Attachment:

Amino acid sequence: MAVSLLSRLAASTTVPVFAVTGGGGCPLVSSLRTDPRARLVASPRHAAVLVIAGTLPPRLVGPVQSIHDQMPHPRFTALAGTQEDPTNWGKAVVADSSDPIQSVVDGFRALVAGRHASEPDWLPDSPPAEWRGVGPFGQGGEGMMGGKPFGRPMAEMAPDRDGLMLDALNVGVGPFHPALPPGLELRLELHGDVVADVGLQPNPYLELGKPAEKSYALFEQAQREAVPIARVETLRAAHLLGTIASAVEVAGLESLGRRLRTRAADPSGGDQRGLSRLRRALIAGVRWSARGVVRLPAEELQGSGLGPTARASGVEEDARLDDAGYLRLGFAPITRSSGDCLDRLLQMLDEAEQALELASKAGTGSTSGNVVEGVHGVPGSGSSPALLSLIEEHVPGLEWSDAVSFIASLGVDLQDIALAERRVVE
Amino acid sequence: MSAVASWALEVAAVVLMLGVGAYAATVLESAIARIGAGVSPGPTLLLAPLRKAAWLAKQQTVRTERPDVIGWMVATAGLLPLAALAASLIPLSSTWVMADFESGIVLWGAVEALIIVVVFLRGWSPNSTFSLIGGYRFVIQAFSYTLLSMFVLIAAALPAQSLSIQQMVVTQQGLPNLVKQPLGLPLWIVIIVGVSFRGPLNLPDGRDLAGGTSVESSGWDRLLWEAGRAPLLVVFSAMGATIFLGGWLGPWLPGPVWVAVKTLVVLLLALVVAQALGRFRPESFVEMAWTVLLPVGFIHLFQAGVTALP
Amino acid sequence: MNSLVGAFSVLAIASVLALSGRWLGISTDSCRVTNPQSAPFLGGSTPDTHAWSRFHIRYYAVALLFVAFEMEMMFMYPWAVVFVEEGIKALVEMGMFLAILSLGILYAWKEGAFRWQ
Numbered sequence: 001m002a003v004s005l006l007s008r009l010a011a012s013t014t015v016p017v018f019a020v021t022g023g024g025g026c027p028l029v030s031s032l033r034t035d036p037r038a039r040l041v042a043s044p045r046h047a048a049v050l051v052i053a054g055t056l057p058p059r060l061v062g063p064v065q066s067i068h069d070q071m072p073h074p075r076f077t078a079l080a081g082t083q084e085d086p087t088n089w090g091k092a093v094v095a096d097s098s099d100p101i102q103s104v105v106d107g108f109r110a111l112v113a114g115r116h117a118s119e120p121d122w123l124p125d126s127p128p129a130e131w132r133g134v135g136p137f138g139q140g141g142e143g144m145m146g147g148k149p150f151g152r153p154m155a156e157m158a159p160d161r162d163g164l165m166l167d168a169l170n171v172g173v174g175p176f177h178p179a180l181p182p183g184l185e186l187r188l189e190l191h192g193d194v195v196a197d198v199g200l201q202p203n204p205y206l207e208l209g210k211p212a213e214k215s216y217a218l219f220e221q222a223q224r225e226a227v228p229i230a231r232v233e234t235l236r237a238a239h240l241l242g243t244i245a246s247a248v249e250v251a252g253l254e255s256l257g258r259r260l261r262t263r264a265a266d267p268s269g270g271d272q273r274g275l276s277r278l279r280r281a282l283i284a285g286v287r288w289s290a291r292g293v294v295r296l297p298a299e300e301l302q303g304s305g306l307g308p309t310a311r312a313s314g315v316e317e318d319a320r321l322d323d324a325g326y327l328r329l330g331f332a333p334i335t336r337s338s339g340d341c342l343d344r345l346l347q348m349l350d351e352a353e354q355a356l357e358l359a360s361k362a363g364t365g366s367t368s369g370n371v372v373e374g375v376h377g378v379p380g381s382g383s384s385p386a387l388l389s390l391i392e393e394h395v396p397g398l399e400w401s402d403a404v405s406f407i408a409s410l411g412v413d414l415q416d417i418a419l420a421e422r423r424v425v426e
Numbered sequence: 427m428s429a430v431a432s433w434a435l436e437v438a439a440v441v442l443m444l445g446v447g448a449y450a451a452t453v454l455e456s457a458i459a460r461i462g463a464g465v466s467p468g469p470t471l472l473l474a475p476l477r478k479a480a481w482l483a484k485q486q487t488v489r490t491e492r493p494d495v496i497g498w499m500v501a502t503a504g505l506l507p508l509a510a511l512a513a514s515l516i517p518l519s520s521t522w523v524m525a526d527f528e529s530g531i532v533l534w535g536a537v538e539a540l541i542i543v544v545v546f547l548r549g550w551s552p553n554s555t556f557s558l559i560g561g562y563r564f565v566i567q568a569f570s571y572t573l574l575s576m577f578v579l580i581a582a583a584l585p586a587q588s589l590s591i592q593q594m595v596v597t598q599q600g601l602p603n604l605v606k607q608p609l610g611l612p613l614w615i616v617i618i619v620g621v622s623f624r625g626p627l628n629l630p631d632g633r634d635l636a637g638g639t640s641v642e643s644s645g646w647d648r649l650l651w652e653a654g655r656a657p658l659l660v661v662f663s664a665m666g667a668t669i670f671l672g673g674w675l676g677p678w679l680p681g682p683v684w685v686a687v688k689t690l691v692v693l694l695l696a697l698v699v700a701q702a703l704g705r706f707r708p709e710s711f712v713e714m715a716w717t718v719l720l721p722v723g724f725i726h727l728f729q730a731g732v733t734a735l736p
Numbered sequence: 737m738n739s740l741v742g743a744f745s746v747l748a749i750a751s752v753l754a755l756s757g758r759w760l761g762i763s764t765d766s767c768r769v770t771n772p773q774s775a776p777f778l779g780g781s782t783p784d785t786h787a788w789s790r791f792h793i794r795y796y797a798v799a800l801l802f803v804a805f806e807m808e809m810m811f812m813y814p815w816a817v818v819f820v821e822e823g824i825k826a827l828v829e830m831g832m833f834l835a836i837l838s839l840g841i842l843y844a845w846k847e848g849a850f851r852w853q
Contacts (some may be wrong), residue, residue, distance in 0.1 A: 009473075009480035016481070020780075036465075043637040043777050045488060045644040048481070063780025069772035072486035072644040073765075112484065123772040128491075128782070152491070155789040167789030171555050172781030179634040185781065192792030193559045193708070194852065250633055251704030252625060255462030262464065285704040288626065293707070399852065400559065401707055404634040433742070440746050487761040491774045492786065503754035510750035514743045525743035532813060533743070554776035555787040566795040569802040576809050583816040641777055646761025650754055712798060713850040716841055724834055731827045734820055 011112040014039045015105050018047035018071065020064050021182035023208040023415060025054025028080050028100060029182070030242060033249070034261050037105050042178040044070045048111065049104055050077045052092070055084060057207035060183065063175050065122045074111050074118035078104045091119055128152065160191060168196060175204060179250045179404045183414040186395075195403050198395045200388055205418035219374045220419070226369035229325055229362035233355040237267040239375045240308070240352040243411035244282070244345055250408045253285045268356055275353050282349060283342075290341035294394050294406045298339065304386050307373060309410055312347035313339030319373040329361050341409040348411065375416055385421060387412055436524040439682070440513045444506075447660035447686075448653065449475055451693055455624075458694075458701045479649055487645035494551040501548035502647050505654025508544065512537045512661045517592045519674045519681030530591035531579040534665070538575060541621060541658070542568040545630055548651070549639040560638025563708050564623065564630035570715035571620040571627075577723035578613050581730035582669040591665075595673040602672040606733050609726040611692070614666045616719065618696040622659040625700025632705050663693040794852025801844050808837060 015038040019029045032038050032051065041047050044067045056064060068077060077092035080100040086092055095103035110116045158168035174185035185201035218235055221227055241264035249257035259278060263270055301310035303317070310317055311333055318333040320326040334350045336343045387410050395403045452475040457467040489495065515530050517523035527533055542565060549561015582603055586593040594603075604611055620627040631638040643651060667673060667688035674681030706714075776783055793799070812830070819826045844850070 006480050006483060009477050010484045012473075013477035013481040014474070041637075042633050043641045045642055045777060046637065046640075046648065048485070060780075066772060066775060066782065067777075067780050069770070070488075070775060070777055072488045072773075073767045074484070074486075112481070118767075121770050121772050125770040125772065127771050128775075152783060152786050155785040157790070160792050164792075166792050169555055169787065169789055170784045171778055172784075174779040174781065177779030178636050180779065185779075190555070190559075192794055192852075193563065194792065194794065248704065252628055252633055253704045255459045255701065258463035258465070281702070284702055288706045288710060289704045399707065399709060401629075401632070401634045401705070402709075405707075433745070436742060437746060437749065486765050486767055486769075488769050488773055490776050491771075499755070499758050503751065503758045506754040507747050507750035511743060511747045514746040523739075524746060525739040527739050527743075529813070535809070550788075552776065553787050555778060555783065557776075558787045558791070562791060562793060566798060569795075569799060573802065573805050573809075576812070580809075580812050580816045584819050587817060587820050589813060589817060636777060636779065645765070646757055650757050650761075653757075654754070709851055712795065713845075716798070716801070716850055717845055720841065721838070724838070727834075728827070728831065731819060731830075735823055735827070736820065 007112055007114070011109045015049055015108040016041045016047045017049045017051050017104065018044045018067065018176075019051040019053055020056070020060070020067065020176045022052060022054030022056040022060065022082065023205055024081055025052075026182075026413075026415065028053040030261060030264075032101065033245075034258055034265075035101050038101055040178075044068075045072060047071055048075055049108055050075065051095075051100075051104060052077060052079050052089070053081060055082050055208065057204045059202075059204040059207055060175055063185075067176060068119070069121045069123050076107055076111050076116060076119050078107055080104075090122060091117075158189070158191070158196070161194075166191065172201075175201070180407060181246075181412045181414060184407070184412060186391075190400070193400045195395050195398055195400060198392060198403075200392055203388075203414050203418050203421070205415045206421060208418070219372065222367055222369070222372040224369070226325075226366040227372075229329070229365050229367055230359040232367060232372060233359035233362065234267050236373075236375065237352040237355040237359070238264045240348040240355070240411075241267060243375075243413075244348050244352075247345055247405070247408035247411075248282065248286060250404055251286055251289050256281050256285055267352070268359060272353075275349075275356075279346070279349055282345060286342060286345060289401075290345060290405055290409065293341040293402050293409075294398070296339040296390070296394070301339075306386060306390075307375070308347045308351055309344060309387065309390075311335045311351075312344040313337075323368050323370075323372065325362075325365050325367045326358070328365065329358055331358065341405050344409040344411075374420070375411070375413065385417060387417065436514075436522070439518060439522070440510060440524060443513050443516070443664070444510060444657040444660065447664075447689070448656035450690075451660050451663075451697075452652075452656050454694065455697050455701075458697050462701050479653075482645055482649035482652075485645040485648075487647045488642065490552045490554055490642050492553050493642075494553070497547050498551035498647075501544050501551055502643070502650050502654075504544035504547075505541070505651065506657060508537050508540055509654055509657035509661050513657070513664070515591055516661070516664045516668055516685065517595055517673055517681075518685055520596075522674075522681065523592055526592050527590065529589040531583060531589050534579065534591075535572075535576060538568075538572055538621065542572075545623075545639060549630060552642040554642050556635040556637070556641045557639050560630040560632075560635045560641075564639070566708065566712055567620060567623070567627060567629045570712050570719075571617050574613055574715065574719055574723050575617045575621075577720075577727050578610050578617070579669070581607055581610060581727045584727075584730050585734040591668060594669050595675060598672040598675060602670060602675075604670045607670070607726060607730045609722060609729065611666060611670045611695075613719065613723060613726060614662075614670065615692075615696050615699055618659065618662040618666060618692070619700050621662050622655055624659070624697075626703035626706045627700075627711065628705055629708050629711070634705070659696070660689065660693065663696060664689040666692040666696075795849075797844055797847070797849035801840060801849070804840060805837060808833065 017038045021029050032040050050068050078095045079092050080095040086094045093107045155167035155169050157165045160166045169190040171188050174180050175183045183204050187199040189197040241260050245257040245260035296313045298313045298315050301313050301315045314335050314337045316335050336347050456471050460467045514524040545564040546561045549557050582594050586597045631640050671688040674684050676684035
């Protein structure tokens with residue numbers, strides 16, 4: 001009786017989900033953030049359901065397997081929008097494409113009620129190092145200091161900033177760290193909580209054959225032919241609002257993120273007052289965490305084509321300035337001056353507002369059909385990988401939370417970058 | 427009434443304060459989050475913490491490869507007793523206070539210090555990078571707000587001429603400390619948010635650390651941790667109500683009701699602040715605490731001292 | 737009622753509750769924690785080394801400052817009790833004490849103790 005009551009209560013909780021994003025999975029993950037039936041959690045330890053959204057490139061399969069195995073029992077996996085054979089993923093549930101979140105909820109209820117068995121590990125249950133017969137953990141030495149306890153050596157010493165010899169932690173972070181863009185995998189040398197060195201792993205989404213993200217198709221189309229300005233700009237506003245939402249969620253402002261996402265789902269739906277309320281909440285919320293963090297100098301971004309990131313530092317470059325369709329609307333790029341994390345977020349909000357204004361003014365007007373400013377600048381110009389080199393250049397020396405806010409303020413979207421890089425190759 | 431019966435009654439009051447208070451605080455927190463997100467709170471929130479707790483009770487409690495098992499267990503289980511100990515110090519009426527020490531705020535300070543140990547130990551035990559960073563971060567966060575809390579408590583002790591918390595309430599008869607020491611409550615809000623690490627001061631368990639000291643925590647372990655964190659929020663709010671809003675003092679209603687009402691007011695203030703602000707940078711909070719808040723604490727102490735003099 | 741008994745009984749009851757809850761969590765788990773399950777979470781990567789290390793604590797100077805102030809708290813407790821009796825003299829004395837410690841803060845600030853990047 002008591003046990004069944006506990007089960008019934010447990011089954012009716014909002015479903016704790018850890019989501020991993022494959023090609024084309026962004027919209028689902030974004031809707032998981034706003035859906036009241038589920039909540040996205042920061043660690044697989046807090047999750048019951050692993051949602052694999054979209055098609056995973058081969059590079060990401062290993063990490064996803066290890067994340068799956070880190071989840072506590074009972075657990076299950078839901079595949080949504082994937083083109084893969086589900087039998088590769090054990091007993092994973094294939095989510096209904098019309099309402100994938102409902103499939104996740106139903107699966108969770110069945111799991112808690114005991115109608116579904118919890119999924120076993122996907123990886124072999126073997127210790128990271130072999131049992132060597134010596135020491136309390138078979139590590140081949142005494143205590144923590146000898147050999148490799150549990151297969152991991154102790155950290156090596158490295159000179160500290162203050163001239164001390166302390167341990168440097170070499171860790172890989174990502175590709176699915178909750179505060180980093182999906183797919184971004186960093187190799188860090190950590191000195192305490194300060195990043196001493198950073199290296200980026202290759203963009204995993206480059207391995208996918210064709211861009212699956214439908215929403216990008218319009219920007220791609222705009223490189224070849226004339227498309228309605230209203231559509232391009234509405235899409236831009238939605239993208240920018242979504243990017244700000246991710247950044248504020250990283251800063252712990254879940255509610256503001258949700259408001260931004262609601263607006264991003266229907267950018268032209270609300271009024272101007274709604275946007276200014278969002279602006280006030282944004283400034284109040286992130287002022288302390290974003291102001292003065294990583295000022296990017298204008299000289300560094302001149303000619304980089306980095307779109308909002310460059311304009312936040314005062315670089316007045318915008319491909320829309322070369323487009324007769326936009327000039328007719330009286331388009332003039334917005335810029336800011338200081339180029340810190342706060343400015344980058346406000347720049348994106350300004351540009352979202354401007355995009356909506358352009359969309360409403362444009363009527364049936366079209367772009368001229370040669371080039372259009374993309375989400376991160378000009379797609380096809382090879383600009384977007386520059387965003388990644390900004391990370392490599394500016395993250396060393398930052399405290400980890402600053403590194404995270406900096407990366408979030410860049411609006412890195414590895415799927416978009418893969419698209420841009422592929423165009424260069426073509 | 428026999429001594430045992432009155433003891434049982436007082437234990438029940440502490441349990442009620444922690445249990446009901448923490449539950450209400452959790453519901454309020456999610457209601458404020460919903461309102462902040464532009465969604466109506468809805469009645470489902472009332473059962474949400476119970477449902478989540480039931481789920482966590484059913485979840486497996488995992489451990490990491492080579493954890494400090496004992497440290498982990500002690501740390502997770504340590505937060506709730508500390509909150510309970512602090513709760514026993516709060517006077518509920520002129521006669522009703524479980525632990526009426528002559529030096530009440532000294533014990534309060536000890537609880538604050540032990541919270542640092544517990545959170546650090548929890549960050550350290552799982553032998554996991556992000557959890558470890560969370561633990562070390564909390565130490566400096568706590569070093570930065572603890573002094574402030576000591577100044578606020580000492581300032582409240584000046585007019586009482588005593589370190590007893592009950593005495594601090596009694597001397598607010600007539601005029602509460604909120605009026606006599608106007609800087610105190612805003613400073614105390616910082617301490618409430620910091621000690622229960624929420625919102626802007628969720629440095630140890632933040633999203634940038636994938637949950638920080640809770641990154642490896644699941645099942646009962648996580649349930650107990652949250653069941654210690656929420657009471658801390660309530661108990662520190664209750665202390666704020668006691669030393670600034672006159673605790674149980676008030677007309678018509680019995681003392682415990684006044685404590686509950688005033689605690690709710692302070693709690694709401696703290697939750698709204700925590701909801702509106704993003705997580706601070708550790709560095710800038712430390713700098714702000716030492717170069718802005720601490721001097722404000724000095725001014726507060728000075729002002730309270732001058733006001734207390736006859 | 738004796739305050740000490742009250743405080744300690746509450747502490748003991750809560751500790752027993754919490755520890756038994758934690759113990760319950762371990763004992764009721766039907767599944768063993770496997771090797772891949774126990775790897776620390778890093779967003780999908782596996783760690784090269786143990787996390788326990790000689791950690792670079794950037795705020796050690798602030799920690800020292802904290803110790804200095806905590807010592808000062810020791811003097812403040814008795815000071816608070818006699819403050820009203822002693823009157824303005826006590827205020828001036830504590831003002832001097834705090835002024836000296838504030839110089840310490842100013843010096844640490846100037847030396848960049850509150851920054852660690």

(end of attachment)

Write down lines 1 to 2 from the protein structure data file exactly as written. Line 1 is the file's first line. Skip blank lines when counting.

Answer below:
Amino acid sequence: MAVSLLSRLAASTTVPVFAVTGGGGCPLVSSLRTDPRARLVASPRHAAVLVIAGTLPPRLVGPVQSIHDQMPHPRFTALAGTQEDPTNWGKAVVADSSDPIQSVVDGFRALVAGRHASEPDWLPDSPPAEWRGVGPFGQGGEGMMGGKPFGRPMAEMAPDRDGLMLDALNVGVGPFHPALPPGLELRLELHGDVVADVGLQPNPYLELGKPAEKSYALFEQAQREAVPIARVETLRAAHLLGTIASAVEVAGLESLGRRLRTRAADPSGGDQRGLSRLRRALIAGVRWSARGVVRLPAEELQGSGLGPTARASGVEEDARLDDAGYLRLGFAPITRSSGDCLDRLLQMLDEAEQALELASKAGTGSTSGNVVEGVHGVPGSGSSPALLSLIEEHVPGLEWSDAVSFIASLGVDLQDIALAERRVVE
Amino acid sequence: MSAVASWALEVAAVVLMLGVGAYAATVLESAIARIGAGVSPGPTLLLAPLRKAAWLAKQQTVRTERPDVIGWMVATAGLLPLAALAASLIPLSSTWVMADFESGIVLWGAVEALIIVVVFLRGWSPNSTFSLIGGYRFVIQAFSYTLLSMFVLIAAALPAQSLSIQQMVVTQQGLPNLVKQPLGLPLWIVIIVGVSFRGPLNLPDGRDLAGGTSVESSGWDRLLWEAGRAPLLVVFSAMGATIFLGGWLGPWLPGPVWVAVKTLVVLLLALVVAQALGRFRPESFVEMAWTVLLPVGFIHLFQAGVTALP